For many start-ups in Canada being acquired by a larger company is a sound exit strategy, however that process can be complicated by ownership structures. Entrepreneur Carl Mercier has an excellent blog post on how to structure your Canadian company to be easily acquired by an American company. It seems almost too simple to believe.

Karabunga owned all the IP, the Defensio name, the trademarks, the code and the servers (in our case, EC2). Karabunga owned and controlled all the value.

QC-inc was a simple consulting firm that had only one client: Karabunga. Our employees, office, dev computers, ping-pong table and our infamous Dev1 development server all belonged to QC-inc. The idea is to keep both companies as independent as possible. If QC-inc went out of business for whatever reason, it would not have impacted Karabunga in any way (aside from losing all the employees). QC-inc also obeyed Quebec’s French-language laws such as Bill 101. Hopefully you don’t have that problem where you live.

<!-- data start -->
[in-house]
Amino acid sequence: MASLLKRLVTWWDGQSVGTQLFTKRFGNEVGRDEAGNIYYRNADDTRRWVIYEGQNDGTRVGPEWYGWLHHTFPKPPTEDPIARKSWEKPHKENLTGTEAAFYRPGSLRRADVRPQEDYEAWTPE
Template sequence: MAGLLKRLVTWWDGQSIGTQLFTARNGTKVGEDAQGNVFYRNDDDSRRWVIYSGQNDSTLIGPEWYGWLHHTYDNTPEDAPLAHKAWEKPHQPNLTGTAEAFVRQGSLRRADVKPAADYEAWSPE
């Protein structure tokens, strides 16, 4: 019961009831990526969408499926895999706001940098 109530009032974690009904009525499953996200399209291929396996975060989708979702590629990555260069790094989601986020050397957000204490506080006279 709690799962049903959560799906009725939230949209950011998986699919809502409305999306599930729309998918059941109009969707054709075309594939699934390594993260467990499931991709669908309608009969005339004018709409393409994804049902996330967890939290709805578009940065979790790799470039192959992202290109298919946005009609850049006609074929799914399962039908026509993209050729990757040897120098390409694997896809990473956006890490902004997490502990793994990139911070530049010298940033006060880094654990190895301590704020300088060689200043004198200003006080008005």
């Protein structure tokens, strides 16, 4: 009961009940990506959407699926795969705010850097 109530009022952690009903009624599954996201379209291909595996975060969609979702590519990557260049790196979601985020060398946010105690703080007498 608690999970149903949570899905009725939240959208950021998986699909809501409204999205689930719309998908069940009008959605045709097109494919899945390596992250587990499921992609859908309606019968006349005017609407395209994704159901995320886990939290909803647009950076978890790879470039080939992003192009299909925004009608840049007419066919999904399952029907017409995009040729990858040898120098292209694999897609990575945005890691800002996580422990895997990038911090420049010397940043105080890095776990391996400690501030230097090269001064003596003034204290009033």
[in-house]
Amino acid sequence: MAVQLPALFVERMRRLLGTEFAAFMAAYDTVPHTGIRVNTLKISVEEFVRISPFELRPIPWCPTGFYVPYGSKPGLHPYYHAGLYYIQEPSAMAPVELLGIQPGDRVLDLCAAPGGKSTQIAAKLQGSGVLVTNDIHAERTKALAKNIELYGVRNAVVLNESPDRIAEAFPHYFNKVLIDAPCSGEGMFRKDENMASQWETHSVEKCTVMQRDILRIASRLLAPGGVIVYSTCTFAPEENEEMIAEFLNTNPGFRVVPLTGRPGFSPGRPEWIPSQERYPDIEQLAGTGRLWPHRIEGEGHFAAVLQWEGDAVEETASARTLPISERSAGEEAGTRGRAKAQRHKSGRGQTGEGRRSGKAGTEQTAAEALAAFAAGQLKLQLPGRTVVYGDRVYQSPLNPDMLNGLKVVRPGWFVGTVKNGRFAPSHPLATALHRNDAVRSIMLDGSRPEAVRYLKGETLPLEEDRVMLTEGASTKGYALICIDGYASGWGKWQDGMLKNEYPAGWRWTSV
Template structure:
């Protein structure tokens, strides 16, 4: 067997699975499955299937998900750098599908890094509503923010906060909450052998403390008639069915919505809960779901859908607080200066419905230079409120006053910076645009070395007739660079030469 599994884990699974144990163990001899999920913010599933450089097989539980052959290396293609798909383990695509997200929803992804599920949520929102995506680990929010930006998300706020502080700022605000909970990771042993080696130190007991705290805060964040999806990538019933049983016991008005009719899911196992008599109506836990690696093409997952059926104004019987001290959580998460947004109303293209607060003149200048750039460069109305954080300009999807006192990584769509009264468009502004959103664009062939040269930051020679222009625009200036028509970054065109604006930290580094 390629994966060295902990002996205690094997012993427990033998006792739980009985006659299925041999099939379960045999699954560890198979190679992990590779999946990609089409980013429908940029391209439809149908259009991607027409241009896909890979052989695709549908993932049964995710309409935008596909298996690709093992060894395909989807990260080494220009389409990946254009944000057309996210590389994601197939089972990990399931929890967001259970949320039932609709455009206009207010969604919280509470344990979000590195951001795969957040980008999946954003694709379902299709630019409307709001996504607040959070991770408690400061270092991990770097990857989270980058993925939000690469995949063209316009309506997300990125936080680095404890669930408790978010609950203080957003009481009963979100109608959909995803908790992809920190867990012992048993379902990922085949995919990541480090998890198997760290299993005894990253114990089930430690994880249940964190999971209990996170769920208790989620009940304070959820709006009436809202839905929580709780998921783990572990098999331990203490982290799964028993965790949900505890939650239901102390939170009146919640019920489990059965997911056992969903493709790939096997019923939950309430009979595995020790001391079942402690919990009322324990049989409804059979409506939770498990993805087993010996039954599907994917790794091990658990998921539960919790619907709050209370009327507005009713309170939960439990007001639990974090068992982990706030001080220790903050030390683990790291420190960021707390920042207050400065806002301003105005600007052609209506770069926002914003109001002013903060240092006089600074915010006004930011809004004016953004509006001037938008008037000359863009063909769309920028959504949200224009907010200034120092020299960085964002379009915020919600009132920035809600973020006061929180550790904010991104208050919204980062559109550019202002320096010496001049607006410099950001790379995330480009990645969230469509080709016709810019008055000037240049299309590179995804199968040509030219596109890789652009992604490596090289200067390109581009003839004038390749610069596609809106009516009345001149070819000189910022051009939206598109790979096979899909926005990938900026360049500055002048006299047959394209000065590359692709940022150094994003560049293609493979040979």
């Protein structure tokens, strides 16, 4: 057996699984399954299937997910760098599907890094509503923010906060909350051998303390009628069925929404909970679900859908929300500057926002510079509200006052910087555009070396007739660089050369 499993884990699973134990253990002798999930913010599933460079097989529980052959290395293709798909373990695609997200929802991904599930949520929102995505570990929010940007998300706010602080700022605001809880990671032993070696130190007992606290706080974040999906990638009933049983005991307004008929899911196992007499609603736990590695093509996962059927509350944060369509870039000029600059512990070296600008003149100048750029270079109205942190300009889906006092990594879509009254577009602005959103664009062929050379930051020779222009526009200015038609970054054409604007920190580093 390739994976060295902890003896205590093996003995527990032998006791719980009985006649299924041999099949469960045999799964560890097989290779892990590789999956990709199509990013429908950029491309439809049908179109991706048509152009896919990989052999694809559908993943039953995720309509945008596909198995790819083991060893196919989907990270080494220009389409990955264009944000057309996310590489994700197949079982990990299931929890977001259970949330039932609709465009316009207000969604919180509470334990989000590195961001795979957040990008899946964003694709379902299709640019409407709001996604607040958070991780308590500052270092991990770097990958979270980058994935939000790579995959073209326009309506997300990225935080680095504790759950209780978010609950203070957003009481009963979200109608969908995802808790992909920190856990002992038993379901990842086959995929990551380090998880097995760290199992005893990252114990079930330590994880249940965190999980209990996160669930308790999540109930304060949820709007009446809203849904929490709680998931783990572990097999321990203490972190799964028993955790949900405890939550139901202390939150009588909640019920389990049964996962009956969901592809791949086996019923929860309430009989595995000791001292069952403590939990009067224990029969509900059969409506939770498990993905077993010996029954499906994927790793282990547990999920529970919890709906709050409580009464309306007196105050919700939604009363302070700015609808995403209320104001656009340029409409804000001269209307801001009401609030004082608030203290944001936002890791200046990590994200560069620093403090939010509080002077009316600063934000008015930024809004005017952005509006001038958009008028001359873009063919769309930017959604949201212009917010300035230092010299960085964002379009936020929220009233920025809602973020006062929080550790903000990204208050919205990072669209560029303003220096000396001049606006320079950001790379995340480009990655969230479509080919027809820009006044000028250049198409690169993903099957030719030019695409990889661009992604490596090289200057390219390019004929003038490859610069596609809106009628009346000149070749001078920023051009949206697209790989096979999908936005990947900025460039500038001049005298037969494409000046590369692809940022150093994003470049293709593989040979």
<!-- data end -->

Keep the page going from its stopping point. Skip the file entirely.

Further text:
Karabunga is the company we sold to Websense and the employees became Websense employees. I later dismantled QC-inc since it lost its only client and no longer had a purpose.

Read the full rundown on being a Canadian company incorporating in the states.